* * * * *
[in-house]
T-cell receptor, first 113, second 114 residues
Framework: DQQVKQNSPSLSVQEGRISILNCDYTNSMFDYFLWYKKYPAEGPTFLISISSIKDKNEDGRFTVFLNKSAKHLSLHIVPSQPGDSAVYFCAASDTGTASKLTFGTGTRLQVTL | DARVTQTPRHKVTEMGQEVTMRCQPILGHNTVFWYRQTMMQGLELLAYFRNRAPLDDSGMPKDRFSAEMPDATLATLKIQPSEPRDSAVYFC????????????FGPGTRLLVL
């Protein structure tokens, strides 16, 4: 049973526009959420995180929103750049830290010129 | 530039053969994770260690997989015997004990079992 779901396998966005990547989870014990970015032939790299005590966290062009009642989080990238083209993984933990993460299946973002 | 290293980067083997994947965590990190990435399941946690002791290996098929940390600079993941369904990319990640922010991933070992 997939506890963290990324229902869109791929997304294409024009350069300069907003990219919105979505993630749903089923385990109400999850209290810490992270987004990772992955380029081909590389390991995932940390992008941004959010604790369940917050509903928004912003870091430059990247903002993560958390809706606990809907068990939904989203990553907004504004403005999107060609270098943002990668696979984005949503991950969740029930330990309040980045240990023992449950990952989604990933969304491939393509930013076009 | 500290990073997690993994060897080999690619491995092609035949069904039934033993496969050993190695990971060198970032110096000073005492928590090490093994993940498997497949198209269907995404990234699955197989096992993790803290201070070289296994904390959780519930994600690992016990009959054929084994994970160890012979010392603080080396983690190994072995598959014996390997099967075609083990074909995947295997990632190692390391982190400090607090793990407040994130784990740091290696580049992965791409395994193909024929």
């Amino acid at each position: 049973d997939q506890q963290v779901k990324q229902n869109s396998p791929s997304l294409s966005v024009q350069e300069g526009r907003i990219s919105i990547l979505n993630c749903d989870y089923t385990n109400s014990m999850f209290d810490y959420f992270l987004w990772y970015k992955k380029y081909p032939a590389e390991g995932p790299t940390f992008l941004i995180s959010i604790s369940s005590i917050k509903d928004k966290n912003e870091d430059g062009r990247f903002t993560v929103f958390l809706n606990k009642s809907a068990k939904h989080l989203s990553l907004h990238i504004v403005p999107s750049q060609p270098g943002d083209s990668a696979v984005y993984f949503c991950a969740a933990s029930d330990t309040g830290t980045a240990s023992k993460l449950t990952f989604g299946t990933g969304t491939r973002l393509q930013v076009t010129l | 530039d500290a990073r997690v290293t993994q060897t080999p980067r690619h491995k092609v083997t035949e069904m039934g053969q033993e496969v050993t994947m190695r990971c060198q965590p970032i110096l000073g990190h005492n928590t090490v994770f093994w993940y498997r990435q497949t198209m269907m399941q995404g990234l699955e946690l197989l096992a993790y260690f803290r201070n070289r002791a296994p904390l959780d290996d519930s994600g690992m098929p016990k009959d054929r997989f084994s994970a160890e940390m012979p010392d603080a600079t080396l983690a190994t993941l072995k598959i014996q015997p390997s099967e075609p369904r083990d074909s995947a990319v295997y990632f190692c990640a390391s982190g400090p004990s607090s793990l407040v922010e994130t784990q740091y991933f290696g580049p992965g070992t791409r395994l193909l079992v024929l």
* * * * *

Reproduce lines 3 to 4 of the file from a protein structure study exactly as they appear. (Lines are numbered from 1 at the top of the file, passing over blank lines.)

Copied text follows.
Framework: DQQVKQNSPSLSVQEGRISILNCDYTNSMFDYFLWYKKYPAEGPTFLISISSIKDKNEDGRFTVFLNKSAKHLSLHIVPSQPGDSAVYFCAASDTGTASKLTFGTGTRLQVTL | DARVTQTPRHKVTEMGQEVTMRCQPILGHNTVFWYRQTMMQGLELLAYFRNRAPLDDSGMPKDRFSAEMPDATLATLKIQPSEPRDSAVYFC????????????FGPGTRLLVL
């Protein structure tokens, strides 16, 4: 049973526009959420995180929103750049830290010129 | 530039053969994770260690997989015997004990079992 779901396998966005990547989870014990970015032939790299005590966290062009009642989080990238083209993984933990993460299946973002 | 290293980067083997994947965590990190990435399941946690002791290996098929940390600079993941369904990319990640922010991933070992 997939506890963290990324229902869109791929997304294409024009350069300069907003990219919105979505993630749903089923385990109400999850209290810490992270987004990772992955380029081909590389390991995932940390992008941004959010604790369940917050509903928004912003870091430059990247903002993560958390809706606990809907068990939904989203990553907004504004403005999107060609270098943002990668696979984005949503991950969740029930330990309040980045240990023992449950990952989604990933969304491939393509930013076009 | 500290990073997690993994060897080999690619491995092609035949069904039934033993496969050993190695990971060198970032110096000073005492928590090490093994993940498997497949198209269907995404990234699955197989096992993790803290201070070289296994904390959780519930994600690992016990009959054929084994994970160890012979010392603080080396983690190994072995598959014996390997099967075609083990074909995947295997990632190692390391982190400090607090793990407040994130784990740091290696580049992965791409395994193909024929």